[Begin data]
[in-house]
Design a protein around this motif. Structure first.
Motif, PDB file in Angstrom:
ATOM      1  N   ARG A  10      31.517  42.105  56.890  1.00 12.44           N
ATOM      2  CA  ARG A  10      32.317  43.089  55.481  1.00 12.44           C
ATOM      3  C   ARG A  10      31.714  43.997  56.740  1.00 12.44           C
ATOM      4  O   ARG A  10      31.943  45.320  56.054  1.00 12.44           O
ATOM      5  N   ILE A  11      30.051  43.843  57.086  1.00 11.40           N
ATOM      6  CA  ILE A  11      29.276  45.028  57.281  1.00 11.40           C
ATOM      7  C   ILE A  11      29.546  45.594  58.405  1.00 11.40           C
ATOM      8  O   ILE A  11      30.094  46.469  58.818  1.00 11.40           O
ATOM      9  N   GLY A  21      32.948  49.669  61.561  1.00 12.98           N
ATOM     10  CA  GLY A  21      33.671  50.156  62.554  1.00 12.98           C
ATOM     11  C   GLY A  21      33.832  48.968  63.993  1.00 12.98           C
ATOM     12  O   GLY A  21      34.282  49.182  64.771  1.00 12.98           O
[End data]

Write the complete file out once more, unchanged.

[in-house]
Design a protein around this motif. Structure first.
Motif, PDB file in Angstrom:
ATOM      1  N   ARG A  10      31.517  42.105  56.890  1.00 12.44           N
ATOM      2  CA  ARG A  10      32.317  43.089  55.481  1.00 12.44           C
ATOM      3  C   ARG A  10      31.714  43.997  56.740  1.00 12.44           C
ATOM      4  O   ARG A  10      31.943  45.320  56.054  1.00 12.44           O
ATOM      5  N   ILE A  11      30.051  43.843  57.086  1.00 11.40           N
ATOM      6  CA  ILE A  11      29.276  45.028  57.281  1.00 11.40           C
ATOM      7  C   ILE A  11      29.546  45.594  58.405  1.00 11.40           C
ATOM      8  O   ILE A  11      30.094  46.469  58.818  1.00 11.40           O
ATOM      9  N   GLY A  21      32.948  49.669  61.561  1.00 12.98           N
ATOM     10  CA  GLY A  21      33.671  50.156  62.554  1.00 12.98           C
ATOM     11  C   GLY A  21      33.832  48.968  63.993  1.00 12.98           C
ATOM     12  O   GLY A  21      34.282  49.182  64.771  1.00 12.98           O